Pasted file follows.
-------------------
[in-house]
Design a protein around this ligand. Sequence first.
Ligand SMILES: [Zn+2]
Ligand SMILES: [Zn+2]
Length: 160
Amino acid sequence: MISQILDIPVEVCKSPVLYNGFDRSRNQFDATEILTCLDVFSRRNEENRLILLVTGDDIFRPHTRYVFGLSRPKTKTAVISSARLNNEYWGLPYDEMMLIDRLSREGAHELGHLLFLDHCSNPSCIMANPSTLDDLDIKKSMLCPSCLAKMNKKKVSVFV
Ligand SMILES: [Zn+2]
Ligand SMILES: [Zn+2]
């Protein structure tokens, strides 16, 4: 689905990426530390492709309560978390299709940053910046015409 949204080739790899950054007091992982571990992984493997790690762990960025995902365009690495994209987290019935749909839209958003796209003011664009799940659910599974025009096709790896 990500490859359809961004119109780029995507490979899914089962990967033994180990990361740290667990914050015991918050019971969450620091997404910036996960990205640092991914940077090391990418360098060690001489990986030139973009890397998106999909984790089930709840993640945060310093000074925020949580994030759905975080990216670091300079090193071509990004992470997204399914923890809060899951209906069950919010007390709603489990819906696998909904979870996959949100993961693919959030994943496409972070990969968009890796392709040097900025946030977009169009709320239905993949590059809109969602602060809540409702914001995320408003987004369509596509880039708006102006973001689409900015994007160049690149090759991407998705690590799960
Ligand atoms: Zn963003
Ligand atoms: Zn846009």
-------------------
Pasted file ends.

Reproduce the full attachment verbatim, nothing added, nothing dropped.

[in-house]
Design a protein around this ligand. Sequence first.
Ligand SMILES: [Zn+2]
Ligand SMILES: [Zn+2]
Length: 160
Amino acid sequence: MISQILDIPVEVCKSPVLYNGFDRSRNQFDATEILTCLDVFSRRNEENRLILLVTGDDIFRPHTRYVFGLSRPKTKTAVISSARLNNEYWGLPYDEMMLIDRLSREGAHELGHLLFLDHCSNPSCIMANPSTLDDLDIKKSMLCPSCLAKMNKKKVSVFV
Ligand SMILES: [Zn+2]
Ligand SMILES: [Zn+2]
């Protein structure tokens, strides 16, 4: 689905990426530390492709309560978390299709940053910046015409 949204080739790899950054007091992982571990992984493997790690762990960025995902365009690495994209987290019935749909839209958003796209003011664009799940659910599974025009096709790896 990500490859359809961004119109780029995507490979899914089962990967033994180990990361740290667990914050015991918050019971969450620091997404910036996960990205640092991914940077090391990418360098060690001489990986030139973009890397998106999909984790089930709840993640945060310093000074925020949580994030759905975080990216670091300079090193071509990004992470997204399914923890809060899951209906069950919010007390709603489990819906696998909904979870996959949100993961693919959030994943496409972070990969968009890796392709040097900025946030977009169009709320239905993949590059809109969602602060809540409702914001995320408003987004369509596509880039708006102006973001689409900015994007160049690149090759991407998705690590799960
Ligand atoms: Zn963003
Ligand atoms: Zn846009």